Leo Varadkar

Workers prepared to pay price of keeping pension age at 66, says Varadkar

Sinn Fein accused the Government of disrespecting workers by not giving them the option of retiring and claiming the state pension at the age of 65.

THE COST OF keeping the pension age at 66 is a price most workers are prepared to pay, the Taoiseach has insisted.

Leo Varadkar was defending the move to increase PRSI rates over the next five years to bolster the Social Insurance Fund.

Mr Varadkar’s comments came as he was pressed on the issue by Sinn Fein’s Pearse Doherty during Leaders’ Questions in the Dail.

Mr Doherty accused the Government of disrespecting workers by not giving them the option of retiring and claiming the state pension at the age of 65.

The Sinn Fein TD insisted his party would offer that option if it was in government.

PRSI rates for employers, employees and the self-employed will all incrementally increase under the Government plan.

The rates will increase by 0.1 of a percentage point next year and by the same the following year.

In 2026 and 2027 there will be 0.15 percentage point increases, with a 0.2 uplift in 2028.

“We did take a decision that we wouldn’t raise the pension age beyond 66, other countries are doing that, reflecting the fact that demographics are changing, but we’ve decided not to raise the pension age to 67, and that comes at a cost,” Mr Varadkar told the Dáil.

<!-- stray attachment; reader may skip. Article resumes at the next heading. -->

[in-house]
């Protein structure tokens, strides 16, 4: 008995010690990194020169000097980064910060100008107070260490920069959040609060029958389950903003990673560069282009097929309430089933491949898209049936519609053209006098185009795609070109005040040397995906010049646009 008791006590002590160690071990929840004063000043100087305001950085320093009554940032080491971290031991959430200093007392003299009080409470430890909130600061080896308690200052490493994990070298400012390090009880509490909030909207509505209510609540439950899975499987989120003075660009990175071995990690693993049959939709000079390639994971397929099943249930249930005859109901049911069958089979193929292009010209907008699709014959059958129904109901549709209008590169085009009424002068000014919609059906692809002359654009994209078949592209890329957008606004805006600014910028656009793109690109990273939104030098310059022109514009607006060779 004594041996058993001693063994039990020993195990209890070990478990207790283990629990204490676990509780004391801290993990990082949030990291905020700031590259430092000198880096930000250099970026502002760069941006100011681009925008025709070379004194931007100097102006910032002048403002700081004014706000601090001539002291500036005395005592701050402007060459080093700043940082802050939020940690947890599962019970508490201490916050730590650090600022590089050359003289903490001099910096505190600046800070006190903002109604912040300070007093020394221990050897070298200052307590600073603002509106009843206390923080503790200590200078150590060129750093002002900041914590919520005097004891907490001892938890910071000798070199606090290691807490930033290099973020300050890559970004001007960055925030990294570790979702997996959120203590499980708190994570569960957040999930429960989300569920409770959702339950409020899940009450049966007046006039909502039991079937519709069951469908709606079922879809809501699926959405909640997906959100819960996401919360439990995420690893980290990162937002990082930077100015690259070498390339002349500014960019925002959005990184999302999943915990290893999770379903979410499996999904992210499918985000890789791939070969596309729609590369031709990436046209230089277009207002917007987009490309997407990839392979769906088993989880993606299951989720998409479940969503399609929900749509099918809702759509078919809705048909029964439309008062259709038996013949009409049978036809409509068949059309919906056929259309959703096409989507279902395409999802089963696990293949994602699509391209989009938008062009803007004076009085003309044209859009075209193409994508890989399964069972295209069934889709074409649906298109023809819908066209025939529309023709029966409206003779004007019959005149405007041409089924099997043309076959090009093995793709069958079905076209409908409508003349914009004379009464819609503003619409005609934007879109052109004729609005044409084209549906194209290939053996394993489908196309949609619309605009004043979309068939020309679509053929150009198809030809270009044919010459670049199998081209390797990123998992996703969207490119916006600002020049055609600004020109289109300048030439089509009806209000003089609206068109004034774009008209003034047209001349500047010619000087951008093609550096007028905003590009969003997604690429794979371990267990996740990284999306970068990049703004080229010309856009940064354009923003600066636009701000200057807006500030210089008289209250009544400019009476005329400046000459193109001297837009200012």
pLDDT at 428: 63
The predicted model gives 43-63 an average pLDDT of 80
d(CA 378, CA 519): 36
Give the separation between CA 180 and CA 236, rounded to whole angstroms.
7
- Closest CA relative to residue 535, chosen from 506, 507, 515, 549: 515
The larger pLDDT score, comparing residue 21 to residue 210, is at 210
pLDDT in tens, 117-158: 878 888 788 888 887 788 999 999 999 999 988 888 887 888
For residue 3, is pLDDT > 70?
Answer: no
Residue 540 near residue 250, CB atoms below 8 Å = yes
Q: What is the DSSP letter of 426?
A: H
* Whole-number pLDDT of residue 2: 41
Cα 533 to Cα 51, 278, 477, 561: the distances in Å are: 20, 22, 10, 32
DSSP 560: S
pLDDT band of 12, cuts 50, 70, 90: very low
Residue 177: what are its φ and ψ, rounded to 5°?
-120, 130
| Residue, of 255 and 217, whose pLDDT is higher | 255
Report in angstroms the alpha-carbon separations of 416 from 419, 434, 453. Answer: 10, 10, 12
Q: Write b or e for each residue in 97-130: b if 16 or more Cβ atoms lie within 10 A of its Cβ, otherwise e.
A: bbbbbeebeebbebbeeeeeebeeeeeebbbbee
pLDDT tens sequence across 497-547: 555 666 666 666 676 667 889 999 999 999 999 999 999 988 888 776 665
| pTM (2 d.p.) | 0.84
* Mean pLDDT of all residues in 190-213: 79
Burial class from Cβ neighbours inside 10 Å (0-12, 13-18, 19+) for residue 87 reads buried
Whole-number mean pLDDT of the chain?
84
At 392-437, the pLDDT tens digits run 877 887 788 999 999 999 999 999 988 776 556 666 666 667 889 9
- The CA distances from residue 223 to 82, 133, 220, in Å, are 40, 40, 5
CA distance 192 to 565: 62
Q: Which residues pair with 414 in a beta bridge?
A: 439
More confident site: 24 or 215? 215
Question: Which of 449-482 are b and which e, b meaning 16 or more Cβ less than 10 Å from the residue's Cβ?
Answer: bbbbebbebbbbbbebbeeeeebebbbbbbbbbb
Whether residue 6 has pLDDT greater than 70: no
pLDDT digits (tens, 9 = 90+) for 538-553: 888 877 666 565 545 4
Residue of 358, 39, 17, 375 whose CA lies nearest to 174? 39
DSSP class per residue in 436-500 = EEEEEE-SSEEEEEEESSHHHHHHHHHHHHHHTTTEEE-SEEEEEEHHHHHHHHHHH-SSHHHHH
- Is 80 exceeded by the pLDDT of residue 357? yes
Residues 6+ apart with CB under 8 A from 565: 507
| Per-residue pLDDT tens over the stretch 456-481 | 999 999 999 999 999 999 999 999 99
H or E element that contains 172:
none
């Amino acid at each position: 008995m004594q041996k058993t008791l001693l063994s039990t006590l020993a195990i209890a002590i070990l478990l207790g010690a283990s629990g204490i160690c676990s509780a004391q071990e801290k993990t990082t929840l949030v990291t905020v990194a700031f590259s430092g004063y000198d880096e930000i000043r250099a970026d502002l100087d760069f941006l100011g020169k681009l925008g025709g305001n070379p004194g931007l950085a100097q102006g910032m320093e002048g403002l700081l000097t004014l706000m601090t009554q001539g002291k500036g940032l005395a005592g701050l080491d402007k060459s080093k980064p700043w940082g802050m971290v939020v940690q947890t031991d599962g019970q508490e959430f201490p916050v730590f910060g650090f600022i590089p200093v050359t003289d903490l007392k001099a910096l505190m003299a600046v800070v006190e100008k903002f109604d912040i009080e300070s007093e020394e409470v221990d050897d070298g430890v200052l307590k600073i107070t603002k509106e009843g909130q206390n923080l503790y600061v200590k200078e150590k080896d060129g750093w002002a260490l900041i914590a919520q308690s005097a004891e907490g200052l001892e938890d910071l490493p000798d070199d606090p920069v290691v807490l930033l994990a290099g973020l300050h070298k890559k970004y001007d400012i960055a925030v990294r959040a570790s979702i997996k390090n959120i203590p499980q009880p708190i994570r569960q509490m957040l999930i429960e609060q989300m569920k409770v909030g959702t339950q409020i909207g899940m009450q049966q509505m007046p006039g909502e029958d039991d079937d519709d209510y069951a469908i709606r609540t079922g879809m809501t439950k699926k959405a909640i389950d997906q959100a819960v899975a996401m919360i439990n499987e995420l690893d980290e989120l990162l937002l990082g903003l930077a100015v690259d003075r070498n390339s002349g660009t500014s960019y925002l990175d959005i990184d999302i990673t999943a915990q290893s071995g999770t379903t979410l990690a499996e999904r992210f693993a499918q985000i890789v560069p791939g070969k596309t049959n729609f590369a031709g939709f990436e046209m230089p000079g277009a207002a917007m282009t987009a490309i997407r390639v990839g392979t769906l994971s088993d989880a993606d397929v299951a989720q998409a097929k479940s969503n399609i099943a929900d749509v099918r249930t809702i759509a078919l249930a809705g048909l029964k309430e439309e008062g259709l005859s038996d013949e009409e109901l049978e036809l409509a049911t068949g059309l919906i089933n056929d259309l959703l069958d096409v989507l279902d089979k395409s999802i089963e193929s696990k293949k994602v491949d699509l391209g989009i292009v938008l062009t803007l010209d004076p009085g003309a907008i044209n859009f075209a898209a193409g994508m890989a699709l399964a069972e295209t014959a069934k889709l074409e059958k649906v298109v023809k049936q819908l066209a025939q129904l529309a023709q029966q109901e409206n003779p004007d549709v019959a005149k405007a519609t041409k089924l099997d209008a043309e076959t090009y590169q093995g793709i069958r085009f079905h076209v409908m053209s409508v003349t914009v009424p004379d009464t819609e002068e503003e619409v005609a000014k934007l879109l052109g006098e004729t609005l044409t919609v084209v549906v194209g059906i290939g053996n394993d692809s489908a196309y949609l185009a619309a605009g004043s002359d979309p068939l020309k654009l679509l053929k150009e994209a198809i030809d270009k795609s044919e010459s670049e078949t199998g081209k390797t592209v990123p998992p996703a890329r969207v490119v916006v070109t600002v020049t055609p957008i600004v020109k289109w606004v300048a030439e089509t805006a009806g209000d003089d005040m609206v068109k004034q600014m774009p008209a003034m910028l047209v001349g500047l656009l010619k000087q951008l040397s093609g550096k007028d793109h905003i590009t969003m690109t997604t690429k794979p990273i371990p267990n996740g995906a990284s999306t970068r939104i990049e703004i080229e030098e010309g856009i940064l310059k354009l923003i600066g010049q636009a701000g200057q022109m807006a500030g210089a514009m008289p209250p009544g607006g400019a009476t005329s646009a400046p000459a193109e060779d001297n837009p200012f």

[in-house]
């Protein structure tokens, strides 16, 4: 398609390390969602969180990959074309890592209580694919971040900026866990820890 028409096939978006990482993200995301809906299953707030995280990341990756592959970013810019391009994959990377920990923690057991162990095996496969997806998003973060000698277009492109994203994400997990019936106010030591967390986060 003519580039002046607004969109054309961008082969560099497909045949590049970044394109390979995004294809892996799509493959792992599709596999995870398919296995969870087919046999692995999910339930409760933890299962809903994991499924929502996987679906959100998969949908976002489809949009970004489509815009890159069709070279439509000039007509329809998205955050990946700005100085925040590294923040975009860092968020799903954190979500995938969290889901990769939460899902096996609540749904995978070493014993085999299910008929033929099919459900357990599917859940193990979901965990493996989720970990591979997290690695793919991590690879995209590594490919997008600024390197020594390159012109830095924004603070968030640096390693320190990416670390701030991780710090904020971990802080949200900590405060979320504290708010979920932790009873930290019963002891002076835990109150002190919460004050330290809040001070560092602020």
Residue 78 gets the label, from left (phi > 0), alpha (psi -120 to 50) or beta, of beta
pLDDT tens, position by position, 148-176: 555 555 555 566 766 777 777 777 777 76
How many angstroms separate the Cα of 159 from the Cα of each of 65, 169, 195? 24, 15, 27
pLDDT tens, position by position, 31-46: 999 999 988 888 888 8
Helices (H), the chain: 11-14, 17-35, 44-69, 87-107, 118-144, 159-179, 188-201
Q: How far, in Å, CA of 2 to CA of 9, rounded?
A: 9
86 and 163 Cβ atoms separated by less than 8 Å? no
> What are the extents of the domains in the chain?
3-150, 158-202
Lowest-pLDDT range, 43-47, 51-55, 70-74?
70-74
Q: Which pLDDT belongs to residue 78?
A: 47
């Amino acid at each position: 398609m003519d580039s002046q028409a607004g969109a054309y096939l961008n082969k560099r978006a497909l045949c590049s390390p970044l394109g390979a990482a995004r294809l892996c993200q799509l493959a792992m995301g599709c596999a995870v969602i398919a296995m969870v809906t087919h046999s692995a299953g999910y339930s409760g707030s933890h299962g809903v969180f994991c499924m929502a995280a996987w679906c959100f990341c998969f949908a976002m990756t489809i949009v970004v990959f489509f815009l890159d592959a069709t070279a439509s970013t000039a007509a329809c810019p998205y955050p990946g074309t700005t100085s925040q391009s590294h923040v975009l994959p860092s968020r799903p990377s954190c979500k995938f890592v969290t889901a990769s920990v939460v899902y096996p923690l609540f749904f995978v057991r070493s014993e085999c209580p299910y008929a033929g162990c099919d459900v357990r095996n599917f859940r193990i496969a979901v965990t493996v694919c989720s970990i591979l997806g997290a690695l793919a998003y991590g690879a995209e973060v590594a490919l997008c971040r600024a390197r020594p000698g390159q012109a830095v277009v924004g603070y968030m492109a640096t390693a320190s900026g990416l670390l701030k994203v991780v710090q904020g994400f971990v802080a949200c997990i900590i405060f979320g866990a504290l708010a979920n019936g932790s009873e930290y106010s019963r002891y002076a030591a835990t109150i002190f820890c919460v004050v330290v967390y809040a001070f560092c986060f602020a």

“And we’ll have to cover that cost by increasing, very gradually, employers, self-employed and employees’ PRSI over the course of the next number of years. And we’ve set out the schedule as to how that will be done.

“With the first increase of 0.1% in October of next year, and in a full year that will cost the average worker about 45 or 50 euros. That is the cost of not raising the pension age. And that is a cost I think that most people will be willing to bear.”

Mr Doherty accused the Government of letting down workers.

“Workers need to know that government will treat them fairly and protect their rights,” he said.

“But let’s be clear this is a government and indeed two parties that actually legislated to increase the retirement age to 68, it was only Sinn Fein and public pressure at the last election that put a stop to that.

“And people have been waiting now for years for the government to outline a very clear road map and hoping that that road map would tell them that they have the right to down tools at the age of 65 if they choose to, but they will be sorely disappointed today.

“Because what this government is telling that brickie, that hairdresser, that waitress is that you don’t have the right to retire at the age of 65. That they have, again, let you down, that this government has fudged their responsibility and they are abandoning workers in this regard.”

Mr Doherty said research had demonstrated that it was possible to put the Social Insurance Fund on a sustainable footing and still provide an option for people to claim a pension at 65.

Mr Varadkar accused Sinn Fein of expressing “phoney” passion on the issue, as he highlighted that the party backed a pension age of 66 in Northern Ireland.

“Sinn Fein voted for the pension age to be 66 in Northern Ireland,” he said.

“Why should people in Northern Ireland have a different retirement age than people in the Republic of Ireland? Is it because there are two Sinn Feins? It just doesn’t make sense.”

In response, Mr Doherty claimed the Taoiseach was embarrassing himself with his comments.

Press Association
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